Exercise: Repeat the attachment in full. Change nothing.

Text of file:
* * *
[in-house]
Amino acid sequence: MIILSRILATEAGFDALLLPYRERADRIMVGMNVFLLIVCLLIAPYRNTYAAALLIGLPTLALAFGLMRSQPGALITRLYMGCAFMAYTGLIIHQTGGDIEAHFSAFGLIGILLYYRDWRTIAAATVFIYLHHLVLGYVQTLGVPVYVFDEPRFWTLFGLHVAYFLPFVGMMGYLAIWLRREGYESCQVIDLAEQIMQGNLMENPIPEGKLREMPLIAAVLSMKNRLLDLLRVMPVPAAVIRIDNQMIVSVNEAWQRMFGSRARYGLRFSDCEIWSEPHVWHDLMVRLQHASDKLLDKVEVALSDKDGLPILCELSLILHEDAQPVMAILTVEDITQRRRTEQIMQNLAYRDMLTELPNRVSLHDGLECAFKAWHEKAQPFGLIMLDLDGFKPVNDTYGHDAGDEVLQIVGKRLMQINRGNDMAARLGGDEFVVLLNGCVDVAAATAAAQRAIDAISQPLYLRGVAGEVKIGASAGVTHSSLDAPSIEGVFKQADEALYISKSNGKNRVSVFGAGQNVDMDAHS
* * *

[in-house]
Amino acid sequence: MIILSRILATEAGFDALLLPYRERADRIMVGMNVFLLIVCLLIAPYRNTYAAALLIGLPTLALAFGLMRSQPGALITRLYMGCAFMAYTGLIIHQTGGDIEAHFSAFGLIGILLYYRDWRTIAAATVFIYLHHLVLGYVQTLGVPVYVFDEPRFWTLFGLHVAYFLPFVGMMGYLAIWLRREGYESCQVIDLAEQIMQGNLMENPIPEGKLREMPLIAAVLSMKNRLLDLLRVMPVPAAVIRIDNQMIVSVNEAWQRMFGSRARYGLRFSDCEIWSEPHVWHDLMVRLQHASDKLLDKVEVALSDKDGLPILCELSLILHEDAQPVMAILTVEDITQRRRTEQIMQNLAYRDMLTELPNRVSLHDGLECAFKAWHEKAQPFGLIMLDLDGFKPVNDTYGHDAGDEVLQIVGKRLMQINRGNDMAARLGGDEFVVLLNGCVDVAAATAAAQRAIDAISQPLYLRGVAGEVKIGASAGVTHSSLDAPSIEGVFKQADEALYISKSNGKNRVSVFGAGQNVDMDAHS